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So, I have never really been into design beyond a few wireframes and paper-pen sketches and have now now bought David Kadavy's book, Design for Hackers and am getting into design a little bit.

I am going through Adobe Creative Suite CS6. It has so many different applications and I can't seem to make out what to use for what purpose. Which program is better for doing what?

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More information about the projects you have in mind would help with an answer. –  Marc Edwards May 16 '12 at 13:23
    
Downvoted and vote to close. You're asking too many questions, one of which could be found by reading the user manual and others that involve opinion and open ended discussion. –  Ryan May 16 '12 at 14:44
    
Lakshman, can you please rephrase your question and narrow it down? "What is the purpose" is borderline, but "which one is your favorite?" is purely off-topic. –  Farray May 16 '12 at 15:09
    
I don't think the basic question "what are the different apps for" is a bad one. A simple answer, like Scott's, cuts through a lot of the potentially confusing marketing hyperbole. –  e100 May 17 '12 at 9:59
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Actually, having just tried to read Adobe's site, I think this is a very good question! "Adobe® Photoshop® CS6 software delivers even more imaging magic, new creative options, and the Adobe Mercury Graphics Engine for blazingly fast performance. Retouch with new Content-Aware features, and create superior designs as well as movies using new and reimagined tools and workflows..." –  e100 May 17 '12 at 14:18
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2 Answers

Head over to Adobe.com and do a bit of reading regarding features.

In general:

  • Photoshop = raster image editing (photographs) or digital painting (Illustration)
  • Photoshop Extended = Same as Photoshop + ability to use some 3D tools and basic video editing
  • Illustrator = Vector artwork (Logos, illustrations, etc.)
  • Indesign = Page layout (books, manuals, brochures, etc.)
  • Premier = Video editing
  • Fireworks = Web editing and prototyping (will do both raster and vector but not geared for print work)
  • Dreamweaver = HTML and web code layout and editing
  • Audition = Sound editing
  • Encore = DVD authoring
  • Acrobat = PDF editing
  • Flash = Dynamic web content (generally interactive video and audio)
  • SpeedGrade = Video composite editing
  • Prelude = File production logging tool
  • After Effects = Video special effects and titling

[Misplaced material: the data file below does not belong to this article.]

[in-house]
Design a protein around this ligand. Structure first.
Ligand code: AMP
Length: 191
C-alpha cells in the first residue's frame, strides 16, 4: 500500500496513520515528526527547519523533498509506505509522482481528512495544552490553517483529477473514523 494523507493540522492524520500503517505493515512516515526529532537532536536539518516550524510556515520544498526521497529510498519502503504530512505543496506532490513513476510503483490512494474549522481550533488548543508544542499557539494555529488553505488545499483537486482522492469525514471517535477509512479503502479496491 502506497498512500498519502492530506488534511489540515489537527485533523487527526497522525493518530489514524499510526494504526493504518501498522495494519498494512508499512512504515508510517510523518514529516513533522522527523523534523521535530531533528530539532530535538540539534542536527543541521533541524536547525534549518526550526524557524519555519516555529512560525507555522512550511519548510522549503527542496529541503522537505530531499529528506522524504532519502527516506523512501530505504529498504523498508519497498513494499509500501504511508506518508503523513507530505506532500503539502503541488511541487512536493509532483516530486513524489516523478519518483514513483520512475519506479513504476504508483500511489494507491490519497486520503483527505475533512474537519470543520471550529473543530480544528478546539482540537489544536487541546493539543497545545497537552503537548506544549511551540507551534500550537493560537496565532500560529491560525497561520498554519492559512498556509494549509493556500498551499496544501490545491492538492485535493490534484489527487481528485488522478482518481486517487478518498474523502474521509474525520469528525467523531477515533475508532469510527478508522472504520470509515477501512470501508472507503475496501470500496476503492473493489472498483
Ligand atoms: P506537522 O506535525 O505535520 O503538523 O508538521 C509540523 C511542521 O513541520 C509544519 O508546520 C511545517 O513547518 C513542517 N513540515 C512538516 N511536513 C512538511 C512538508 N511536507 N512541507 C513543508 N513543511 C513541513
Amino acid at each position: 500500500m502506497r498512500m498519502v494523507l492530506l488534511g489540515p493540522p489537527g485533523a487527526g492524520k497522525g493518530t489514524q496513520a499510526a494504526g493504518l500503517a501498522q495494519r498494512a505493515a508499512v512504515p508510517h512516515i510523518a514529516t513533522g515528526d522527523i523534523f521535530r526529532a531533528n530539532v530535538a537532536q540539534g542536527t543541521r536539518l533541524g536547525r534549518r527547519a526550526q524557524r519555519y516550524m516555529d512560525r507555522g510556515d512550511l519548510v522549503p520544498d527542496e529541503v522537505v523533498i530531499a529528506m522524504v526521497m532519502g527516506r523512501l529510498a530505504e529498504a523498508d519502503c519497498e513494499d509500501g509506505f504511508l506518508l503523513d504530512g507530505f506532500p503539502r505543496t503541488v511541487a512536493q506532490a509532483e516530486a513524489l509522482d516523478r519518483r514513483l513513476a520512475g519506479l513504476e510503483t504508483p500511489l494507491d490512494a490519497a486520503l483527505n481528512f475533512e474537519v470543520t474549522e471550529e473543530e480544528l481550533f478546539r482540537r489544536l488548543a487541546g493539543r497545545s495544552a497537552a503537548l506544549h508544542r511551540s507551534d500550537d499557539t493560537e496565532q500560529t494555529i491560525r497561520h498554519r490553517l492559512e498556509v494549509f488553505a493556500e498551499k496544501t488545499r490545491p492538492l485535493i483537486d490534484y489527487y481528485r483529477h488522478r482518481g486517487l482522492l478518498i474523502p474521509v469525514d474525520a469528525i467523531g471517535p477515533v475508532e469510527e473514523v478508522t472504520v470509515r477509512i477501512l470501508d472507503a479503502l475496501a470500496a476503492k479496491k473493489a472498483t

What you use depends entirely on what any given project requires.

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Good summary... –  e100 May 17 '12 at 14:25
    
Purposefully left off Bridge because it's a utility application that you get with every other application. You can't purchase Bridge independently, you can't choose to NOT install Bridge, and you don't NEED Bridge for anything. It may make some tasks easier, but it's not a stand alone tool for anything. –  Scott May 17 '12 at 16:47
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1. Question asked for what each piece of software in the CS is used for. That to me includes Bridge. Especially if I took the two seconds to add it to your nice list I don't know why you would deliberately remove it. 2. All of these softwares are utilities - computers in fact are utilities. I still use Notepad or Textmate more than Dreamweaver when I do web work as an example. –  Ryan May 17 '12 at 17:11
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Except strong feelings... –  e100 May 17 '12 at 19:45
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As for your comment about editing - unless I missed something in the GD Meta you are incorrect. stackoverflow.com/privileges/edit - please let me know if we are not following this same philosophy. Perhaps you would like to start a Meta discussion on the topic for us to discuss and define when to allow edits in our GD.SE –  Ryan May 18 '12 at 13:06
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Call me old school, different or just plain wrong but Photoshop should be used just for that: photo editing and retouching. Fireworks should be used for web design (the CSS exporting ability alone in Fireworks is heavily underrated much like Fireworks itself). Illustrator for, yep you guessed it: illustration work and logo's. InDesign for magazine/newspaper layouts or any print work. And lastly Premier Pro for video editing and nothing more.

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